The sewer utility fee is applicable to all properties connected to City sewer. It funds the transportation and treatment of waste water including the operation and maintenance of those systems. The waste water from this area travels 15.5km to the Lansdowne Rd Wastewater Treatment Center. Current utility rates can be found on the
City's Utility Billings Webpage.
What are the cost savings to property owners from the water main upgrade?
The water main being installed alongside the sewer main will share the costs of excavation, restoration, road building and landscaping.
How much is it going to cost to hire a plumber to connect my service and why isn’t this included in the LAS project?
The cost depends on factors such as tie in location and existing plumbing. Many local plumbing companies have performed work in the area and may be able to provide an approximate estimate. Work on private property and inside a residence is outside the scope of an LAS project, and each homeowner completes with work separately.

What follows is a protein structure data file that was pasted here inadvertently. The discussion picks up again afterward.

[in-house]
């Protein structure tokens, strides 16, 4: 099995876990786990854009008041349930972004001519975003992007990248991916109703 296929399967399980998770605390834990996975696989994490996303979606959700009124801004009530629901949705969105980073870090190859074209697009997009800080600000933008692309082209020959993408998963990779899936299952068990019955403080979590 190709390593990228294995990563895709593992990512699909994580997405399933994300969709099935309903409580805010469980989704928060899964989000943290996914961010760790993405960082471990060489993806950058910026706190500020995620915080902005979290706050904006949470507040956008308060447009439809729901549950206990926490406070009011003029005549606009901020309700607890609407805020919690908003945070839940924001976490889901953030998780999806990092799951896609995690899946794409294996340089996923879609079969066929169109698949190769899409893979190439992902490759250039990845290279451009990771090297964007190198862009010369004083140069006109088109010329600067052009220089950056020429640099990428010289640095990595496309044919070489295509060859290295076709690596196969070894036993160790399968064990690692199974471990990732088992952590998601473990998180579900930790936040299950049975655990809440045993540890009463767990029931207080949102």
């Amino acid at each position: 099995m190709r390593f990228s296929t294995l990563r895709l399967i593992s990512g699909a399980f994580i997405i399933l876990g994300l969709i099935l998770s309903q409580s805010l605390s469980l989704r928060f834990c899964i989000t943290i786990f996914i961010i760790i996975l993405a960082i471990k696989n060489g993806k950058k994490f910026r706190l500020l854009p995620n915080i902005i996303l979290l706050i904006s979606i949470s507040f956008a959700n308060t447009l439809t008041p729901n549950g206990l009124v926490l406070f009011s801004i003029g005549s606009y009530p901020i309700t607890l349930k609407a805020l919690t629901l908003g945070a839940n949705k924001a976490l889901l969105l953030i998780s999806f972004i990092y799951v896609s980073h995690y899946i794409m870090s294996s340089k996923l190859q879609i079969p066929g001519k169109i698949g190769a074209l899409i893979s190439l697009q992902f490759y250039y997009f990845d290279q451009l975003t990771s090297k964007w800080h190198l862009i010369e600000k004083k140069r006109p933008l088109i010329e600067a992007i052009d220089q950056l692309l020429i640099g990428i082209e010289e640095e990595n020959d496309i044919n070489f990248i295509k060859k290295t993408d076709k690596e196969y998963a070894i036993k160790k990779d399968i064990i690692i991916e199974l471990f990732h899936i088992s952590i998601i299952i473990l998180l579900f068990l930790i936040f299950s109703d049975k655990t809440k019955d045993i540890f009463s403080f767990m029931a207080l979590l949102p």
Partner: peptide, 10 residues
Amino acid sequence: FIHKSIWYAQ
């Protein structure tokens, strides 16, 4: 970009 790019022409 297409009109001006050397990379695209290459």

Can the connection costs be financed over 20 years similar to the LAS costs?
The connection costs cannot be included in the financing for the LAS project but property owners may seek financing privately through a financial institution.
When will the sewer utility fee begin to be billed?
Utility fees will be applicable when the house is connected to the sewer service or after two years, whichever is first. Utility fees are billed on a pro-rated basis; if you hook up part way through a billing period you are only charged for the remaining days in that period. Sewer utility fees are applicable after the 2 year grace period regardless of whether or not a connection was made.
My house is lower than the road. How can I hook up to the sewer system?
The sewer system will be designed to service as many properties as possible by gravity by balancing the depth of the sewer mains and number of properties serviced. Unfortunately there will be some properties which cannot be fully serviced with gravity. In these cases the most common solution is to install a pump in the home and pump sewer to the service where it can then continue into the system by gravity.